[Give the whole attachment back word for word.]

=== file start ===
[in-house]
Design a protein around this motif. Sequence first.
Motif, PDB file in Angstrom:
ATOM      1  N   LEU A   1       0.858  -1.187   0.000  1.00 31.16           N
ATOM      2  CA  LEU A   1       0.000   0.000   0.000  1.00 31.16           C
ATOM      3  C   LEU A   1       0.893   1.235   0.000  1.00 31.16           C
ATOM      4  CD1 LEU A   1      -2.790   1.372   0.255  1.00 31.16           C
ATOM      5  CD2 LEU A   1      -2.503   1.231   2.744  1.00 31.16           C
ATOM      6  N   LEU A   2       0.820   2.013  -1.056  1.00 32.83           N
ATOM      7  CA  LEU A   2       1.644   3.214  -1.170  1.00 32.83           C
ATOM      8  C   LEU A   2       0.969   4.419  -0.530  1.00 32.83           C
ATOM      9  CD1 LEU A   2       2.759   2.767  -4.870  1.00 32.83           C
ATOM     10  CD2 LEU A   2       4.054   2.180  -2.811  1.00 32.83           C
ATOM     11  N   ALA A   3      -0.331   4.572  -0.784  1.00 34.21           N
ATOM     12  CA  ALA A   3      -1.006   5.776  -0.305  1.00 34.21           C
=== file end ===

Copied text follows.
[in-house]
Design a protein around this motif. Sequence first.
Motif, PDB file in Angstrom:
ATOM      1  N   LEU A   1       0.858  -1.187   0.000  1.00 31.16           N
ATOM      2  CA  LEU A   1       0.000   0.000   0.000  1.00 31.16           C
ATOM      3  C   LEU A   1       0.893   1.235   0.000  1.00 31.16           C
ATOM      4  CD1 LEU A   1      -2.790   1.372   0.255  1.00 31.16           C
ATOM      5  CD2 LEU A   1      -2.503   1.231   2.744  1.00 31.16           C
ATOM      6  N   LEU A   2       0.820   2.013  -1.056  1.00 32.83           N
ATOM      7  CA  LEU A   2       1.644   3.214  -1.170  1.00 32.83           C
ATOM      8  C   LEU A   2       0.969   4.419  -0.530  1.00 32.83           C
ATOM      9  CD1 LEU A   2       2.759   2.767  -4.870  1.00 32.83           C
ATOM     10  CD2 LEU A   2       4.054   2.180  -2.811  1.00 32.83           C
ATOM     11  N   ALA A   3      -0.331   4.572  -0.784  1.00 34.21           N
ATOM     12  CA  ALA A   3      -1.006   5.776  -0.305  1.00 34.21           C